AAPS Updates


Skyline High School has received national certification for its Project Lead The Way program that it has offered since 2010. “Rather than sit passively by and listen to a lecture – kids are building, developing and creating,” said teacher Tom Pachera. “It’s the kind of hands-on experience that will engage more students in science, technology, engineering and math.”

Scarlett Middle School eighth-graders got a taste of multiple career choices during the school’s annual Portfolio Day, which teams students up with local professionals who share their expertise about the working world. Also this month, the A2Y Chamber honored the program with its Exemplary Educational Endeavors award.

Nine Ann Arbor Public Schools elementaries will have new principals due to retirements and shifts in personnel and two middle schools will get new assistant principals for the 2011-12 school year. All of the new appointments are internal in the district.

Ann Arbor school officials have given state lawmakers a laundry list of ideas for specific action to assist public schools and the way they are funded. And they have made it clear how angry they are about the state proposal to shift $900 million from the School Aid Fund to higher education. The School Aid Fund has always been used solely for K-12 schools funding, but proposals this year would change that. Trustee Andy Thomas called the matter ‘a gross violation of the public trust,” during a May 6 forum.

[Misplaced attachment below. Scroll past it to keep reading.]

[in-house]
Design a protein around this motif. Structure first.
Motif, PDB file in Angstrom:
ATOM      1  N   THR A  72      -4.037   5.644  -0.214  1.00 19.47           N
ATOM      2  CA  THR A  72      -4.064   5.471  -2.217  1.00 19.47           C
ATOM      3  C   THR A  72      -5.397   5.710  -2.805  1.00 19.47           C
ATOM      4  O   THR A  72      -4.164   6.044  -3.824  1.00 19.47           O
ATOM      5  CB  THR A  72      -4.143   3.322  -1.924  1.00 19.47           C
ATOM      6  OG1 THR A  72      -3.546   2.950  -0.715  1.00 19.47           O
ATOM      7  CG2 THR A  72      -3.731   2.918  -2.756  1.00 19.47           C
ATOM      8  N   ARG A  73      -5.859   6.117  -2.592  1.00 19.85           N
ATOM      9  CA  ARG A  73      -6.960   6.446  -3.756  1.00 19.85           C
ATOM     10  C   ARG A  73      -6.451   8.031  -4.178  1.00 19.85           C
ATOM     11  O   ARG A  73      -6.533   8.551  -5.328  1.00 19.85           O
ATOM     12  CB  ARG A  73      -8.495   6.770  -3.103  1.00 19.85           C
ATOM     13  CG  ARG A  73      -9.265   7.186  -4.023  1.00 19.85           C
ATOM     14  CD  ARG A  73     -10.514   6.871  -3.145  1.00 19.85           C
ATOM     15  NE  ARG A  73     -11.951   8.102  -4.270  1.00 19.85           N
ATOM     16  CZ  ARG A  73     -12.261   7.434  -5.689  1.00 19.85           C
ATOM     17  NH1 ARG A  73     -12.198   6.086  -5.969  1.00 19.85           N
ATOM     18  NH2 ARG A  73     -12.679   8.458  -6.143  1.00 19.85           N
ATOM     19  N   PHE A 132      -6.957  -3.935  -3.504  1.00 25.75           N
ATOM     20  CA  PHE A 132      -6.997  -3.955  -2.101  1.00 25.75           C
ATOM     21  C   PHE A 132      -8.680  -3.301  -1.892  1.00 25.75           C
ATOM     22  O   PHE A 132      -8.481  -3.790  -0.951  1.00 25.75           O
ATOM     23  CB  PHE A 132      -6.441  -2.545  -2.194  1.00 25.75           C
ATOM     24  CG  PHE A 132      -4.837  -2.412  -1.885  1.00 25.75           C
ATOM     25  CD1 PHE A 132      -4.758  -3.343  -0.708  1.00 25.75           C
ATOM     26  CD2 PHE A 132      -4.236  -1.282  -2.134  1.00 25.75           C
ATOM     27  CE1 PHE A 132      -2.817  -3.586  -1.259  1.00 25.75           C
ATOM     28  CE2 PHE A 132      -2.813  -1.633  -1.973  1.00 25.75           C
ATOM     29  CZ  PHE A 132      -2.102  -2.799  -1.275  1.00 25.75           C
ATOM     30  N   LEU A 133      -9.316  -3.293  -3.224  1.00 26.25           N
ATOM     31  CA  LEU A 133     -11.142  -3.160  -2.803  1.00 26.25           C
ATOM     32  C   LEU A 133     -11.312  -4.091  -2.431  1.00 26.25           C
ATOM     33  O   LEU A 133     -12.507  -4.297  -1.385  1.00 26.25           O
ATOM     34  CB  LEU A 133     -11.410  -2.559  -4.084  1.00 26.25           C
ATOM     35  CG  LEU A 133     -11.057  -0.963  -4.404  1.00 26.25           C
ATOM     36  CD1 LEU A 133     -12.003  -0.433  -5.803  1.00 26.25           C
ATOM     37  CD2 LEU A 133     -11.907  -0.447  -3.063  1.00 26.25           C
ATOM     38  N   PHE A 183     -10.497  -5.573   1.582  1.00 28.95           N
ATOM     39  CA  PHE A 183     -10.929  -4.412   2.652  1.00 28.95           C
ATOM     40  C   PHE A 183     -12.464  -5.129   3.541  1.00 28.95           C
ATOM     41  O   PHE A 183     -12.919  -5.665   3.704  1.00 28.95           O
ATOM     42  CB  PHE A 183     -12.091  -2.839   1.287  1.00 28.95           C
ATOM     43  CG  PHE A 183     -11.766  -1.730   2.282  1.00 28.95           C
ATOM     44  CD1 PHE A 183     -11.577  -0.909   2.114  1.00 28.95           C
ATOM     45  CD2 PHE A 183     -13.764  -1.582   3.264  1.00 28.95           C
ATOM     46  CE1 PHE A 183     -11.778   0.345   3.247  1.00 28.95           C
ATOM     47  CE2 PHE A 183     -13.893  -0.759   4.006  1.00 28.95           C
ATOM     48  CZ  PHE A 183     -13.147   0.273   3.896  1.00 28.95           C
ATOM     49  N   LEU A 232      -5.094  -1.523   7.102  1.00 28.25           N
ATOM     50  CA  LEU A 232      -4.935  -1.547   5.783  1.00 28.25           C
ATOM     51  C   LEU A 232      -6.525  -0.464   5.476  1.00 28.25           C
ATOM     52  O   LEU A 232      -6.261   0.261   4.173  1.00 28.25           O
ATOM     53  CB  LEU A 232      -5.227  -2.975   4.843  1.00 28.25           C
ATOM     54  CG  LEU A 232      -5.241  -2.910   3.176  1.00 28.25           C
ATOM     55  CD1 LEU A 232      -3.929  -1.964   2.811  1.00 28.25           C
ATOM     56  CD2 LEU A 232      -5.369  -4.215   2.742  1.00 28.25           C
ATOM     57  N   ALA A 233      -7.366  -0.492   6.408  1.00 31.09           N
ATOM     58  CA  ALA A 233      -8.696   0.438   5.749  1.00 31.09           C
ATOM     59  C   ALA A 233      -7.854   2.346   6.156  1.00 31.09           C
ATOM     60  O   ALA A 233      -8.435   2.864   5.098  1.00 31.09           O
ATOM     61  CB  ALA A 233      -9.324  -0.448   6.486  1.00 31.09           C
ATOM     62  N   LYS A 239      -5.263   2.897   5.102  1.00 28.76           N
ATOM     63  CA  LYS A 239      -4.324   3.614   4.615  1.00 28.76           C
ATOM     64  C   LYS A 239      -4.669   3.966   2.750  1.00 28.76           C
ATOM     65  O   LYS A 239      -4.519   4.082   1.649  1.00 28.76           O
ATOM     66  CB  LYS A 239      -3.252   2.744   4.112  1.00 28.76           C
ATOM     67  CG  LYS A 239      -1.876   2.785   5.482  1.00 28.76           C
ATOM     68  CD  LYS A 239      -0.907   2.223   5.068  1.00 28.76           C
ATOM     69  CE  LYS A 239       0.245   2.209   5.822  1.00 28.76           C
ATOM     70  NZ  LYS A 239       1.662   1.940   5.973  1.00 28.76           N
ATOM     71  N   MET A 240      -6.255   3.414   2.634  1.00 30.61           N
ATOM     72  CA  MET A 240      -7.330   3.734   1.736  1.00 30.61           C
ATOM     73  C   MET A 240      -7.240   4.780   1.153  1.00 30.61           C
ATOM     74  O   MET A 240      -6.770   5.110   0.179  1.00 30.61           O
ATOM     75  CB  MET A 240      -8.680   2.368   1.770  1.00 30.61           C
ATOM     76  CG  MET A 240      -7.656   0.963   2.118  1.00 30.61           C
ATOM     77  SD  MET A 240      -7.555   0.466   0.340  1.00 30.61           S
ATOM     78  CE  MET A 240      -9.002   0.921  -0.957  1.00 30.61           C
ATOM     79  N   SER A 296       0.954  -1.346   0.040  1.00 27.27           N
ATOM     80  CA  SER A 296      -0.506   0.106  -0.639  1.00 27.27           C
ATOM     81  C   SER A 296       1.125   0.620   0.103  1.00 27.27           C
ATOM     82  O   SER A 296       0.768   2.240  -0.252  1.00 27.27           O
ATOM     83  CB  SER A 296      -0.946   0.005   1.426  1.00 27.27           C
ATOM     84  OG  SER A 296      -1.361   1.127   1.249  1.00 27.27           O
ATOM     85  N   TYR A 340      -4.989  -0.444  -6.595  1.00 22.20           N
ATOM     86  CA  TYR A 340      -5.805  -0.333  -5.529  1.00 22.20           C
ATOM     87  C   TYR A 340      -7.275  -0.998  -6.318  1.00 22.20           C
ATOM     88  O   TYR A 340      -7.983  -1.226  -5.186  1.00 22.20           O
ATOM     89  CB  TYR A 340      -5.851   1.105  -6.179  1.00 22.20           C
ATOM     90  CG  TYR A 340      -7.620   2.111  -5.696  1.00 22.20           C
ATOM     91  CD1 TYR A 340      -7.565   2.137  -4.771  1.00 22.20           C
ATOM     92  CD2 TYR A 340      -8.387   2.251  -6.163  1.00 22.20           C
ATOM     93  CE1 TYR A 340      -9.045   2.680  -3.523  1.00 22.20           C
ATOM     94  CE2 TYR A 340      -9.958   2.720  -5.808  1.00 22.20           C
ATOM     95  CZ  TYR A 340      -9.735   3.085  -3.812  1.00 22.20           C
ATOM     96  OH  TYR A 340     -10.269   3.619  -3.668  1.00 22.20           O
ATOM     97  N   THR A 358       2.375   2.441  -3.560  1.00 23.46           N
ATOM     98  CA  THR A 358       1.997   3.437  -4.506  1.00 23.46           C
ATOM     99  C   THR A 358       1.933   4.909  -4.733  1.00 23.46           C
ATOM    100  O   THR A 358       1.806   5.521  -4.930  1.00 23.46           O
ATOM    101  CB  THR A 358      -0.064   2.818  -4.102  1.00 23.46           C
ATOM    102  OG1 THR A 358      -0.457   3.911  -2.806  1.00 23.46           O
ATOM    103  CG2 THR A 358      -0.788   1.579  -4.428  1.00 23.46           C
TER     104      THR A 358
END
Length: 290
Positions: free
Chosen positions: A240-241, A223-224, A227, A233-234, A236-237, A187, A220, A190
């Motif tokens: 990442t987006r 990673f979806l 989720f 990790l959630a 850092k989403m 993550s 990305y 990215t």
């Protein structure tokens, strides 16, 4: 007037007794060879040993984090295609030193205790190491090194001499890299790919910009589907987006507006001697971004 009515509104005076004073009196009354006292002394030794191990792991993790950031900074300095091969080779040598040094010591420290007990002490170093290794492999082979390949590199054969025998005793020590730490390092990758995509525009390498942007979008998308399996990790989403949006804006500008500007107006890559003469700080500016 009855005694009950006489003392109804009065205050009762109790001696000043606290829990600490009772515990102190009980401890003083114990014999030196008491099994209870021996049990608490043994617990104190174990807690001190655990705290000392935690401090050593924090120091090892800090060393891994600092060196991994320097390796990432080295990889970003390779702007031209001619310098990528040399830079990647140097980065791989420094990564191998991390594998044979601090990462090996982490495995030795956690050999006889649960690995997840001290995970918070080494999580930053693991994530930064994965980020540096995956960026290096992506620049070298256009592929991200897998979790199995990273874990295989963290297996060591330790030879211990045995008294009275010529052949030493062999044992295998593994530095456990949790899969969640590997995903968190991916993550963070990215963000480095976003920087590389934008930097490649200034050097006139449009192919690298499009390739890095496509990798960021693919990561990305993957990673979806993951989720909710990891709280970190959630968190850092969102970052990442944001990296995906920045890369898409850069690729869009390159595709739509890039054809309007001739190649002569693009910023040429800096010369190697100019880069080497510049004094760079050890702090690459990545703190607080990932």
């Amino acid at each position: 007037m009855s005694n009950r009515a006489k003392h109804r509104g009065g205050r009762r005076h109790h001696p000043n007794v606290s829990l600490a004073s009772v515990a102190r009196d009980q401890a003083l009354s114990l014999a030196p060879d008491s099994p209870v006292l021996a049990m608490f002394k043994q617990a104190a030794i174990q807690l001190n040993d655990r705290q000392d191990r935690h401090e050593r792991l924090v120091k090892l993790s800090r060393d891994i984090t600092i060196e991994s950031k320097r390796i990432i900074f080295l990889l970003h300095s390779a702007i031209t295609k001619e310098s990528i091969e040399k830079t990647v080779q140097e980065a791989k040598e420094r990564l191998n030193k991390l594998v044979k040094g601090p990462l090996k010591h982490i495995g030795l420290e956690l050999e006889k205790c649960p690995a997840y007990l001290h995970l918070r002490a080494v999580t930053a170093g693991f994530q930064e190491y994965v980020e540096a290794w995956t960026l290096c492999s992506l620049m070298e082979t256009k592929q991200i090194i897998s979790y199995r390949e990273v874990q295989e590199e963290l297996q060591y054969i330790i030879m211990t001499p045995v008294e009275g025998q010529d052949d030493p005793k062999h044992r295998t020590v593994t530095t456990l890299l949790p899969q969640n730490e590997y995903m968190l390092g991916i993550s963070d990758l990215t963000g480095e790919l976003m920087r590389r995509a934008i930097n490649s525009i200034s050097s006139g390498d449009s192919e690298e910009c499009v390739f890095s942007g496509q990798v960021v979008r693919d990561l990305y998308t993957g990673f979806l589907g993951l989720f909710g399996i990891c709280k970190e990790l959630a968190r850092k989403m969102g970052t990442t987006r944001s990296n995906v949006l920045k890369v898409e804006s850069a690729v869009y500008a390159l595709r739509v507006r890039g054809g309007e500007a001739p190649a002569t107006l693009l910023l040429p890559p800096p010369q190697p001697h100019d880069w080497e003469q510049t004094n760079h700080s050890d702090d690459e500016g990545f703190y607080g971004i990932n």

Project Healthy Schools, a U-M Health System initiative that started at Clague Middle School four years ago, is now in all Ann Arbor middle schools and has brought a culture of health to sixth-graders. Students in Skyline’s Health & Medicine Magnet host a walk/run on Saturday, May 21 to benefit the program.

Members of the Angell Elementary Ecology Club have the right idea: They’re finding to encourage sustainability, recycling and using fewer resources and spreading the word throughout their elementary school community. And a Burns Park teacher takes her green passion and translates it into a lesson for students.

The district’s new outreach tool, School Messenger, allowed outreach to even more parents and encourage participation. About half considered themselves average technology users, with 38 percent considering themselves an advanced user of technology.

WITH VIDEOS: Rosanna Neuhausler, Ryan Murphy and Jack Wissman received an award in the C-SPAN 2011 StudentCam Competition for their project called “Stadium Bridges,” which details problems along the stretch of roadway that many students travel each day. A C-SPAN official was on hand recently to present awards to the three.

Students in Karla Hitchcock’s economics class recently took the National Financial Capability Challenge, an online test sponsored by the U.S. Treasury Department, designed to test student literacy on the topic of personal finance. The group was helped by volunteers from the nonprofit Personal Finance Education Services.

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